By Heather Cumberland, Development Officer
Heading up towards the Copperworks and Spire View Housing Associations’ offices, you can’t miss The Spire which is looked after by the Rosemount Development Trust. It towers above everything round about it, quietly watching over Glasgow City. Margaret Brownlie from Spire View Housing Association tells me ‘It’s the highest point in all of Glasgow’, which when standing beneath it is easy to believe! It is just one of the community-owned assets in the area.
Fiona Murphy, director of Copperworks and Spire View Housing Association leads the way down the hill towards the mural. On route down, I lost Margaret and Fiona a number of times as a lot of people were stopping for a chat or to give updates on families and friends. Here there is a true sense of community, everyone working together.
Once we had regrouped, we rounded the corner onto Royston Road to see a cluster of people ogling the wall about 30 meters ahead and a photographer standing on the opposite side of the road. The mural was already creating a bit of a buzz! For 3 months, we had talked about the mural going up. I had seen draft versions and was involved in a bit of back and forth about putting the creative plan into action. But now, standing here in front of the real thing, I was a little lost for words. The fresh bright paint was striking in the more muted tones of the area, very representative of the community spirit alive in the area.
In the mural you can see buildings of Royston, including the Roystonhill Community Hub and The Spire which are run by community owners. In the centre you can see ‘The Duke’ standing proud, traffic cone on head, as representative an image of Glasgow it ever there was one! And framing the image, we have the people that are ‘painting’ the picture, showing us how the community are the ones that bring everything together.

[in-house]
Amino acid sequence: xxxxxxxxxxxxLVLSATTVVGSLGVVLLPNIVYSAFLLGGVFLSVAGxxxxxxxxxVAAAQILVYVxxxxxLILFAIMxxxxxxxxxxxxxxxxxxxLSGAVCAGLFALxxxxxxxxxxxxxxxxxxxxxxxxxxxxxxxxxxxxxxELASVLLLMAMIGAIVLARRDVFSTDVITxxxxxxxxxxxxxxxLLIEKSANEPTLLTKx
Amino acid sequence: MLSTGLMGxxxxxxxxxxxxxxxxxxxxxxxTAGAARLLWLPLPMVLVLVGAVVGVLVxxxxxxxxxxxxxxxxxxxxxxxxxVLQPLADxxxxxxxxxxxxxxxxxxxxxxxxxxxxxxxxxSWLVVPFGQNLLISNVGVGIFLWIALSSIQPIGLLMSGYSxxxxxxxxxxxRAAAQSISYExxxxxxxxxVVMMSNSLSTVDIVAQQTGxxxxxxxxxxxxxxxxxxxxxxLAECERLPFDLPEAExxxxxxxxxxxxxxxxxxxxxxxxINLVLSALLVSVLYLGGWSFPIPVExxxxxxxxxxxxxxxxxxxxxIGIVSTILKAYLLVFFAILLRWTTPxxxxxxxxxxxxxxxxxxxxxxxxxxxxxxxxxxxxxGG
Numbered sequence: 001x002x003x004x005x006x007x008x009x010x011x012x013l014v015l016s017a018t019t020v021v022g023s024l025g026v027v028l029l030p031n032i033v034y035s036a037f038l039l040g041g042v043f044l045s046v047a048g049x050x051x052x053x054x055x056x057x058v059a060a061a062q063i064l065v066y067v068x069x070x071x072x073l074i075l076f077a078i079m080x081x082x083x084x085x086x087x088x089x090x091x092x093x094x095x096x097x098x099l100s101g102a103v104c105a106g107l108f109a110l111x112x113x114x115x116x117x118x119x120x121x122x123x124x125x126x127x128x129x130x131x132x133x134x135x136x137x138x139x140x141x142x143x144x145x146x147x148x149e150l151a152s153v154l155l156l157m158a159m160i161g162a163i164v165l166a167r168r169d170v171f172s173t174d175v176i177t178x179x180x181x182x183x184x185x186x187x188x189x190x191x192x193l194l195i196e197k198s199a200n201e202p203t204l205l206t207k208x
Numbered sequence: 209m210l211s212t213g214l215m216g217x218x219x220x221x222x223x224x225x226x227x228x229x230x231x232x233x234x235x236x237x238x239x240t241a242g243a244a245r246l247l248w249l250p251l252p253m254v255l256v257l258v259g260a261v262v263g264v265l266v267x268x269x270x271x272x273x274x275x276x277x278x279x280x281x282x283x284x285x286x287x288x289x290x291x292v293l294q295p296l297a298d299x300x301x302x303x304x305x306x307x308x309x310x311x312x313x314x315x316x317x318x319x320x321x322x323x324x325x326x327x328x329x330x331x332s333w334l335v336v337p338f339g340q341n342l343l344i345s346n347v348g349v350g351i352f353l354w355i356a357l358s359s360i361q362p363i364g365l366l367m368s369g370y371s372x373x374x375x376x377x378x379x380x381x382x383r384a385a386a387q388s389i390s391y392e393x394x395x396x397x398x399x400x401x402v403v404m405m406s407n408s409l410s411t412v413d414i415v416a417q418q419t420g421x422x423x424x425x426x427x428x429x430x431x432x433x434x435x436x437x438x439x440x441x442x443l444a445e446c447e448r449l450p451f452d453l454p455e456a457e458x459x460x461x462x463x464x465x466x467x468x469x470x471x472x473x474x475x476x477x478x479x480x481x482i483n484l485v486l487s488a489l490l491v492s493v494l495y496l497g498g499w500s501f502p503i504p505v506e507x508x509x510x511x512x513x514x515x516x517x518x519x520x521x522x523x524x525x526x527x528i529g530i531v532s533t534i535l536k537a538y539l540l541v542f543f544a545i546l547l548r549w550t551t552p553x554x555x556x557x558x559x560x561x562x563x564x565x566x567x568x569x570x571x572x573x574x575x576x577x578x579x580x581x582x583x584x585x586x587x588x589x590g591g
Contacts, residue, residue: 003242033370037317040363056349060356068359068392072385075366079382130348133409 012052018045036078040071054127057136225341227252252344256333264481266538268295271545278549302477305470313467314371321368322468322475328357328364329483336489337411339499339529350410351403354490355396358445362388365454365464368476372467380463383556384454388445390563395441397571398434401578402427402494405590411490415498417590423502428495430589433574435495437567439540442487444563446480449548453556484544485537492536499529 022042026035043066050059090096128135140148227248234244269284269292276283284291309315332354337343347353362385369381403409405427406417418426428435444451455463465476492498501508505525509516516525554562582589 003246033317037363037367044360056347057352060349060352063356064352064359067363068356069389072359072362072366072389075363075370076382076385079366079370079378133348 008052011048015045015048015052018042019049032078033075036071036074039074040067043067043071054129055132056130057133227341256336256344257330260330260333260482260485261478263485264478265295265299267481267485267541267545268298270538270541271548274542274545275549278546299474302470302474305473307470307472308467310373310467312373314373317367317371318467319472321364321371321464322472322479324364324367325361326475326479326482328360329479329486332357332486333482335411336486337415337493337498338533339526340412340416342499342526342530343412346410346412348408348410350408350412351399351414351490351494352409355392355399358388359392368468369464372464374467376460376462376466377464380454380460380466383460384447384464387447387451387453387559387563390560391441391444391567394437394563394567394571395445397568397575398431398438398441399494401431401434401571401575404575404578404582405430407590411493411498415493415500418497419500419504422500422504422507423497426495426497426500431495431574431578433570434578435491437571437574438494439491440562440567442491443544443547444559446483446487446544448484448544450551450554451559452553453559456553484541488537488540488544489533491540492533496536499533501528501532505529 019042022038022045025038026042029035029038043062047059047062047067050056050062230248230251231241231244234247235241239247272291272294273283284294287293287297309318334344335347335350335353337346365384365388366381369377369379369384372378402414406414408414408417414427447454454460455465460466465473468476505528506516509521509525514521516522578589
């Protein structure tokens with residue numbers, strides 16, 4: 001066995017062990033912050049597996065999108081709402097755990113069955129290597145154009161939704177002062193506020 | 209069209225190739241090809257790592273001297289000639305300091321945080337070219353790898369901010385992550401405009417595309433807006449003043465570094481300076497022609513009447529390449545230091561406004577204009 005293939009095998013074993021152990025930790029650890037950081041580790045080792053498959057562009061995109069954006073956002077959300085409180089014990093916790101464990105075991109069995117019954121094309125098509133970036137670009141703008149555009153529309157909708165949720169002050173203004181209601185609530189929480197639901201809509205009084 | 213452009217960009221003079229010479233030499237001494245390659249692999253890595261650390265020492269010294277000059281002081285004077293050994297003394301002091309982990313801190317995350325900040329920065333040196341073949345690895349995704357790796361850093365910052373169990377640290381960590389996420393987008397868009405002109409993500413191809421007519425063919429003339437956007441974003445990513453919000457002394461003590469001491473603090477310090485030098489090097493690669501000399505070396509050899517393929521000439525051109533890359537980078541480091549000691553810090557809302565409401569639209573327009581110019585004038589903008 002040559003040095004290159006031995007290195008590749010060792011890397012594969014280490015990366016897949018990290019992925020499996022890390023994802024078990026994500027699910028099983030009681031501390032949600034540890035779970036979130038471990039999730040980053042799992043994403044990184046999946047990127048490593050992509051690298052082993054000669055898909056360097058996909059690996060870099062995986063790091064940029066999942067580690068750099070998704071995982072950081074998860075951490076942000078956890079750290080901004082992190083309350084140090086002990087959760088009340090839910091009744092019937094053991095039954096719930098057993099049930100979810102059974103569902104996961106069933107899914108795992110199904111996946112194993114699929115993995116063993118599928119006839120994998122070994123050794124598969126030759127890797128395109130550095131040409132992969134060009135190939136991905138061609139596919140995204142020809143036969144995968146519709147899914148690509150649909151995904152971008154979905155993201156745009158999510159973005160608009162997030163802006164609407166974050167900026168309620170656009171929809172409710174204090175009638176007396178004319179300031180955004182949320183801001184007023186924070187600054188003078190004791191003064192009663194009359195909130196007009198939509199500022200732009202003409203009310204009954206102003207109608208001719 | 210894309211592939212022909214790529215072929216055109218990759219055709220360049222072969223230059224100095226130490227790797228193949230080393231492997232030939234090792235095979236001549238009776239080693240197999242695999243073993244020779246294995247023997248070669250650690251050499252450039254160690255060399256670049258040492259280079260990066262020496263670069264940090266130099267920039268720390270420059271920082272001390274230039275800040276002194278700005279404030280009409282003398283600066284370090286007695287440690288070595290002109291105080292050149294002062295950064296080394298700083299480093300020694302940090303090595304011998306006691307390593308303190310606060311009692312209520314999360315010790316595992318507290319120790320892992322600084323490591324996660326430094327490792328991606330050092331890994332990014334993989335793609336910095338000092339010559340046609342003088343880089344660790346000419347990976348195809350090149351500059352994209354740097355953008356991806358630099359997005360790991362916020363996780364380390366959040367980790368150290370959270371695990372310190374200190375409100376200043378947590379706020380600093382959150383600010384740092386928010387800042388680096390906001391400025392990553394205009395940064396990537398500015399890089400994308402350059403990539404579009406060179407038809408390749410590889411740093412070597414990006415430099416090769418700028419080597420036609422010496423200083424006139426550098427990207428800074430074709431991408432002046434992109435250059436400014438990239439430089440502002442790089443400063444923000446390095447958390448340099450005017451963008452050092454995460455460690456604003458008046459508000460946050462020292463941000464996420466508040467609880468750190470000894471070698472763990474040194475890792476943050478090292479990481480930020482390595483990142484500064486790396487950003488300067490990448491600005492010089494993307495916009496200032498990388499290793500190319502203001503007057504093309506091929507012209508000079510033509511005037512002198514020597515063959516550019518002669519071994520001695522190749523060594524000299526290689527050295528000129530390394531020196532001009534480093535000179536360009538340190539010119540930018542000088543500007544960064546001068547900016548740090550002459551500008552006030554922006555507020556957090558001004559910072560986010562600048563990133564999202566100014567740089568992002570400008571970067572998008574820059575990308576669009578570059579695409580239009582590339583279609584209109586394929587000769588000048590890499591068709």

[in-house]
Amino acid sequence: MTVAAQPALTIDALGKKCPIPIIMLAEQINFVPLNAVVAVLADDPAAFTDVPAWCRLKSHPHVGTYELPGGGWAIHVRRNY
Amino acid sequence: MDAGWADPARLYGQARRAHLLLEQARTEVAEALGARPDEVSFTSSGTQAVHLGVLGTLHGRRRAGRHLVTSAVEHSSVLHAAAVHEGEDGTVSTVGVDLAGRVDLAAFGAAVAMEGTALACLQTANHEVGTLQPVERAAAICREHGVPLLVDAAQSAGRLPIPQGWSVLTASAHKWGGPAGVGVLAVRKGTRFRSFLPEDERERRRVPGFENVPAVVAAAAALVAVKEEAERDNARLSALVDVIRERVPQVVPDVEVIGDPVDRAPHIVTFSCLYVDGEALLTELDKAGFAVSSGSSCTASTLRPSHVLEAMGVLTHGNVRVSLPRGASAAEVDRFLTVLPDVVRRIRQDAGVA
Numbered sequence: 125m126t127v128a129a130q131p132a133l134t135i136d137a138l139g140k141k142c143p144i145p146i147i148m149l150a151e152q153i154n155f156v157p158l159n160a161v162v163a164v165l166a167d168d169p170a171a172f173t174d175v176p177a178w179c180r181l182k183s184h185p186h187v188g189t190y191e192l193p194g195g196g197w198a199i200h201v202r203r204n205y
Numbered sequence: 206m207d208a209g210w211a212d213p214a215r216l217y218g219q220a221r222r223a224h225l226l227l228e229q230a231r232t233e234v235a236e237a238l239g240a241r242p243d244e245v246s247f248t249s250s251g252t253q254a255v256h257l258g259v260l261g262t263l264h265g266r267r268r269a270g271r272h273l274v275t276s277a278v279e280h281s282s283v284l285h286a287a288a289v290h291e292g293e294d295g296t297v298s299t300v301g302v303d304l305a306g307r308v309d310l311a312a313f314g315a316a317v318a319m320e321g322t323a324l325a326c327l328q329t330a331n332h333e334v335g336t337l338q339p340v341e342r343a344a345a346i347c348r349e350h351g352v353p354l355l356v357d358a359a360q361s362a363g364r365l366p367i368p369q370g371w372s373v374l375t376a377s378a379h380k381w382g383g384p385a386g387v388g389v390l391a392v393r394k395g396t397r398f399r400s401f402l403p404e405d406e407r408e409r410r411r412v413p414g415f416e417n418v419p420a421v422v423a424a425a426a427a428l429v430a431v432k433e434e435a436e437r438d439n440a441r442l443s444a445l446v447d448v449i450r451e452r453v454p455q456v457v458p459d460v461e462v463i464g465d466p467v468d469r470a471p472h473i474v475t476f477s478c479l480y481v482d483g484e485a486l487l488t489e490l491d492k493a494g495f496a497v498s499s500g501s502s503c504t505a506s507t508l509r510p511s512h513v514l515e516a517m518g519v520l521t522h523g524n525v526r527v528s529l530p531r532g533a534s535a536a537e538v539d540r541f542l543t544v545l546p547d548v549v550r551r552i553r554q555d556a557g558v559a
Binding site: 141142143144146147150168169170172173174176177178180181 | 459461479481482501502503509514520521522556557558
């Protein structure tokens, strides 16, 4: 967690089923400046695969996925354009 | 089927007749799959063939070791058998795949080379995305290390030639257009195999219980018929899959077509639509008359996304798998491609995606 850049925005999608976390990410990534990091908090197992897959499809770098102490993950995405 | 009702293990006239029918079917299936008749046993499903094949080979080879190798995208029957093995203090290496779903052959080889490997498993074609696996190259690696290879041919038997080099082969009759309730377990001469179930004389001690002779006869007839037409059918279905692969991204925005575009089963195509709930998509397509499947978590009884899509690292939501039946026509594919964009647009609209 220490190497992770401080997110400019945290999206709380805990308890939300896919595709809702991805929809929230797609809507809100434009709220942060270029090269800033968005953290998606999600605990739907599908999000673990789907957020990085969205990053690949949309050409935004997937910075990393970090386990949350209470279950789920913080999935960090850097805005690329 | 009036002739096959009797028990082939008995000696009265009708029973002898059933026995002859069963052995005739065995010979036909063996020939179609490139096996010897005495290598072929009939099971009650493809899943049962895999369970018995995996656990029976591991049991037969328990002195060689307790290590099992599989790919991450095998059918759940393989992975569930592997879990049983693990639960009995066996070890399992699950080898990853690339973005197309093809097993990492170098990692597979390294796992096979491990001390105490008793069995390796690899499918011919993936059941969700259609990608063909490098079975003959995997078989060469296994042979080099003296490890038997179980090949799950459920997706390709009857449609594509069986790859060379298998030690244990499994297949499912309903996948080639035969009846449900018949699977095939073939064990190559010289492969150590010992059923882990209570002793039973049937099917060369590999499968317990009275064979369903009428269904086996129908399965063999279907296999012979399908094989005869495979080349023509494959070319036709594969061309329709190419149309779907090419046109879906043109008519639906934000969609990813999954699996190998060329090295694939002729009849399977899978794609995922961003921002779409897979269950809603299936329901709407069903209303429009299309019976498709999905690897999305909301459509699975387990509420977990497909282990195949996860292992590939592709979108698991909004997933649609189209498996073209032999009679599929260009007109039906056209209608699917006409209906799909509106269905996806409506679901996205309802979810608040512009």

A lady passes by with her shopping, she is staring at the wall. She stops for a chat with Fiona and Margaret, getting the details. I ask her what she thinks of the mural, and she tells me:
‘It’s nice to see a bit of colour about the place’. She smiles and continues on her way, stealing a last glance back at the wall.
I spy two young men, watching the mural (and us!) from a distance. They move gradually closer and closer, trying to see what is going on. They settle on a wall on the opposite side of the road. A mum and her son wander past, he is inspecting every element of mural from the boy on the bin to the traffic cone.
Another woman pauses on the path to avoid getting snapped by the photographer. She promptly put her bags on the ground to pull out her phone and gets her own shots! Everyone walking by is engaging with us and the mural.
Some claim it’s a Banksy (they are going to get some plexiglass to protect it!) but only some of us know that it was The Rebel Bear….
After making sure that we got in a selfie or two, we leave the mural to head up to the hub on the hill.
The 2 young men dart across the road, finally taking the opportunity to get a closer look. It is definitely worth the close up!
Community ownership is what brought the CO Hub, Housing associations and The Rebel Bear together, so that we could celebrate communities and how they are the most qualified to meet the communities needs. That is definitely the feeling that you have as a visitor to the area. Everyone wants to chat with the Fiona and Margaret, because not only do they support the community, they are part of it. That is why this mural perfectly placed to celebrate both the communities of Glasgow and community ownership.